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Evaluating the Mexico city policy: How US foreign policy affects fertility outcomes and child health in Ghana

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  • Jones, Kelly M.

Abstract

US development assistance represents a significant source of funding for many population programs in poor countries. The Mexico City policy, known derisively as the global gag rule, restricts activities of foreign nongovernmental organizations (NGOs) that receive such assistance. The intent of the policy is to reduce the use of abortion in developing countries—a policy that is born entirely of US domestic politics and that turns on and off depending on the political party in power. I examine here whether the policy achieves its aim, and how the policy affects reproductive outcomes for women in Ghana. Employing a woman-by-month panel of pregnancies and woman fixed effects, I estimate whether a given woman is less likely to abort a pregnancy during two policy periods versus two nonpolicy periods. I find no evidence that any demographic group reduces the use of abortion as a result of the policy. On the contrary, rural women significantly increase abortions. This effect seems to arise from their increased rate of conception during these times. The policy-induced budget shortfalls reportedly forced NGOs to cut rural outreach services, reducing the availability of contraceptives in rural areas. The lack of contraceptives likely caused the observed 12 percent increase in rural pregnancies, ultimately resulting in about 200,000 additional abortions and between 500,000 and 750,000 additional unintended births. I find that these additional unwanted children have significantly reduced height and weight for age, relative to their siblings. Rather than reducing abortion, this policy increased pregnancy, abortion, and unintended births, resulting in more than a half-million children of significantly reduced nutritional status.

Suggested Citation

  • Jones, Kelly M., 2011. "Evaluating the Mexico city policy: How US foreign policy affects fertility outcomes and child health in Ghana," IFPRI discussion papers 1147, International Food Policy Research Institute (IFPRI).
  • Handle: RePEc:fpr:ifprid:1147
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    References listed on IDEAS

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    1. Cristian Pop-Eleches, 2010. "The Supply of Birth Control Methods, Education, and Fertility: Evidence from Romania," Journal of Human Resources, University of Wisconsin Press, vol. 45(4), pages 971-997.
    2. Easterly, William & Williamson, Claudia R., 2011. "Rhetoric versus Reality: The Best and Worst of Aid Agency Practices," World Development, Elsevier, vol. 39(11), pages 1930-1949.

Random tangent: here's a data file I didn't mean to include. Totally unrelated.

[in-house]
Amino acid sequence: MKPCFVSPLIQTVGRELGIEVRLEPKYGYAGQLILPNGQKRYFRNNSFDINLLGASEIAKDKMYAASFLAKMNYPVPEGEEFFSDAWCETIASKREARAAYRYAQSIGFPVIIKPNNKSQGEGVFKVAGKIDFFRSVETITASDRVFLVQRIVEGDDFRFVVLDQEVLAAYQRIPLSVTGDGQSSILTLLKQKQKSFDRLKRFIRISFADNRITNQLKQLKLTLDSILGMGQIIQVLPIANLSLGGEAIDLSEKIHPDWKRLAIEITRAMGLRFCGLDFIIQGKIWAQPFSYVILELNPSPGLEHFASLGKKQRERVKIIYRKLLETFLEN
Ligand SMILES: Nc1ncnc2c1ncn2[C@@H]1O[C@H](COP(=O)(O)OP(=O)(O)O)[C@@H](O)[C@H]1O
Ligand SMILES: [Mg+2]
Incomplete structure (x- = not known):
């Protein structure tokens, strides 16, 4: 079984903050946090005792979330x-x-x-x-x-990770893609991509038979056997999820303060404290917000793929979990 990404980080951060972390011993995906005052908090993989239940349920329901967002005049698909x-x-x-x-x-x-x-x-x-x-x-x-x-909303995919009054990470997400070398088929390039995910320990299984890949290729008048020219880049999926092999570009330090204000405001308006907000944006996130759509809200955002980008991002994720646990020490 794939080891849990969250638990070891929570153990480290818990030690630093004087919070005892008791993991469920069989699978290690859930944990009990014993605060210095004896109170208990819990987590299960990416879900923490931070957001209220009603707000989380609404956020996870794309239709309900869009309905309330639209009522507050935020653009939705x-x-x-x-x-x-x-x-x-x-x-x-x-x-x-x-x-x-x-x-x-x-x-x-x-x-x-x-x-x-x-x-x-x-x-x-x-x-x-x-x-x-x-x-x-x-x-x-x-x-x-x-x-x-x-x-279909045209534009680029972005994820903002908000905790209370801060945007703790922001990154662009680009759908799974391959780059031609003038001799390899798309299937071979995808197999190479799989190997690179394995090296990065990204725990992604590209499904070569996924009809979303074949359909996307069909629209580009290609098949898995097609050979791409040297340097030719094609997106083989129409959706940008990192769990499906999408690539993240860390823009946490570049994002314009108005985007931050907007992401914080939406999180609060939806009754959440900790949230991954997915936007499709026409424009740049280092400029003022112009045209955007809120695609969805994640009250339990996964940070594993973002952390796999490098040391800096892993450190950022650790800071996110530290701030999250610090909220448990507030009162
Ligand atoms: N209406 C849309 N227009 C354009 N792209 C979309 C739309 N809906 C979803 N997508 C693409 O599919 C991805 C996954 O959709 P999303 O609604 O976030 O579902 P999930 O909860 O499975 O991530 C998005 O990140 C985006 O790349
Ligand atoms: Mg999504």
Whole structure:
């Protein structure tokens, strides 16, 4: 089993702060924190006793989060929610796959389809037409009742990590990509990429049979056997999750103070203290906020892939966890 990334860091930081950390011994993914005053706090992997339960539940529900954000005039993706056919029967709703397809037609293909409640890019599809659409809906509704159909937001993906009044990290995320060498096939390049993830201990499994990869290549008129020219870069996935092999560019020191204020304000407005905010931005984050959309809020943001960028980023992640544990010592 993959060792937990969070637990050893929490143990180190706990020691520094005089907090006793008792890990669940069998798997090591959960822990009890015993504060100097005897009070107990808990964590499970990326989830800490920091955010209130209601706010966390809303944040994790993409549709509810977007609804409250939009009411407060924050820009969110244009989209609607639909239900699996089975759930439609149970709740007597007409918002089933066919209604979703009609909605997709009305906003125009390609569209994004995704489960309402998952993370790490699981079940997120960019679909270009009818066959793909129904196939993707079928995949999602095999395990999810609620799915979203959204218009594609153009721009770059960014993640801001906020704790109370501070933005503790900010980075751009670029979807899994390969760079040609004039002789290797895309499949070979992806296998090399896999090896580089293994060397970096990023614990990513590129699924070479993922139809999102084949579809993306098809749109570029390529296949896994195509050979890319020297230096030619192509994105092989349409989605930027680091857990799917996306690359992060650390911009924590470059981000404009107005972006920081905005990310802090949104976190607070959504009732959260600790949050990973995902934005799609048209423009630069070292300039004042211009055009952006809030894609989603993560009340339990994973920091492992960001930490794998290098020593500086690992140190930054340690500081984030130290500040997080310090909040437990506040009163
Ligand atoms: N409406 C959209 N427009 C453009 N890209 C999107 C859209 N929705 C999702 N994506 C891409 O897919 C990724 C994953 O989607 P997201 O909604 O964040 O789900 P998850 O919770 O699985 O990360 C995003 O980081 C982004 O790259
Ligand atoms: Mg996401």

3. Hoddinott, John & Kinsey, Bill, 2001. " Child Growth in the Time of Drought," Oxford Bulletin of Economics and Statistics, Department of Economics, University of Oxford, vol. 63(4), pages 409-436, September.
    4. Johan Walt, 2009. "Dead aid: Why aid is not working and how there is a better way for Africa," The Review of Austrian Economics, Springer;Society for the Development of Austrian Economics, vol. 22(4), pages 431-432, December.
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    Cited by:

    1. David E. Bloom & Dara Lee Luca, 2016. "The Global Demography of Aging: Facts, Explanations, Future," PGDA Working Papers 13016, Program on the Global Demography of Aging.
    2. Bloom, David E. & Luca, Dara Lee, 2016. "The Global Demography of Aging: Facts, Explanations, Future," IZA Discussion Papers 10163, Institute for the Study of Labor (IZA).
    3. J.M. Ian Salas, 2012. "Consequences of withdrawal : Free condoms and birth rates in the Philippines," UP School of Economics Discussion Papers 201220, University of the Philippines School of Economics.
    4. Grant Miller & Christine Valente, 2016. "Population Policy: Abortion and Modern Contraception Are Substitutes," Demography, Springer;Population Association of America (PAA), vol. 53(4), pages 979-1009, August.
    5. repec:eee:hapoch:v1_3 is not listed on IDEAS

    More about this item

    Keywords

    abortion; child health; fertility; Foreign aid;

    JEL classification:

    • F35 - International Economics - - International Finance - - - Foreign Aid
    • I15 - Health, Education, and Welfare - - Health - - - Health and Economic Development
    • J13 - Labor and Demographic Economics - - Demographic Economics - - - Fertility; Family Planning; Child Care; Children; Youth
    • O19 - Economic Development, Innovation, Technological Change, and Growth - - Economic Development - - - International Linkages to Development; Role of International Organizations

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